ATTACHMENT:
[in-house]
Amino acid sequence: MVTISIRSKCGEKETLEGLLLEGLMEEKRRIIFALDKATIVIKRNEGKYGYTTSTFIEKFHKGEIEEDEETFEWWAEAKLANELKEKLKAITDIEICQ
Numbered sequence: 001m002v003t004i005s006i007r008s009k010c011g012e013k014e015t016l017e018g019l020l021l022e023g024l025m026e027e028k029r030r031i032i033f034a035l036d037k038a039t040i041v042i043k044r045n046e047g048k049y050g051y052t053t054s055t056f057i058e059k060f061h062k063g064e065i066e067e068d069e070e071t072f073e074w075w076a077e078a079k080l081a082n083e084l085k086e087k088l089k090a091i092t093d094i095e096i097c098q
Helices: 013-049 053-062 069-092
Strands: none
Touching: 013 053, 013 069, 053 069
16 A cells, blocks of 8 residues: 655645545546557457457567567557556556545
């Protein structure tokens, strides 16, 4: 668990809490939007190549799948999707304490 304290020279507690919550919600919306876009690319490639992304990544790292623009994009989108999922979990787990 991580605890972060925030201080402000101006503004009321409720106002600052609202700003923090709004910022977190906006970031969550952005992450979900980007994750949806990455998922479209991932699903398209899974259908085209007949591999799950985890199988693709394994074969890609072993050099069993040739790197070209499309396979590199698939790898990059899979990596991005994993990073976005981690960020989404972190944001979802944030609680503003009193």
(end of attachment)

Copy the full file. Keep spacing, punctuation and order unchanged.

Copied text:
[in-house]
Amino acid sequence: MVTISIRSKCGEKETLEGLLLEGLMEEKRRIIFALDKATIVIKRNEGKYGYTTSTFIEKFHKGEIEEDEETFEWWAEAKLANELKEKLKAITDIEICQ
Numbered sequence: 001m002v003t004i005s006i007r008s009k010c011g012e013k014e015t016l017e018g019l020l021l022e023g024l025m026e027e028k029r030r031i032i033f034a035l036d037k038a039t040i041v042i043k044r045n046e047g048k049y050g051y052t053t054s055t056f057i058e059k060f061h062k063g064e065i066e067e068d069e070e071t072f073e074w075w076a077e078a079k080l081a082n083e084l085k086e087k088l089k090a091i092t093d094i095e096i097c098q
Helices: 013-049 053-062 069-092
Strands: none
Touching: 013 053, 013 069, 053 069
16 A cells, blocks of 8 residues: 655645545546557457457567567557556556545
């Protein structure tokens, strides 16, 4: 668990809490939007190549799948999707304490 304290020279507690919550919600919306876009690319490639992304990544790292623009994009989108999922979990787990 991580605890972060925030201080402000101006503004009321409720106002600052609202700003923090709004910022977190906006970031969550952005992450979900980007994750949806990455998922479209991932699903398209899974259908085209007949591999799950985890199988693709394994074969890609072993050099069993040739790197070209499309396979590199698939790898990059899979990596991005994993990073976005981690960020989404972190944001979802944030609680503003009193």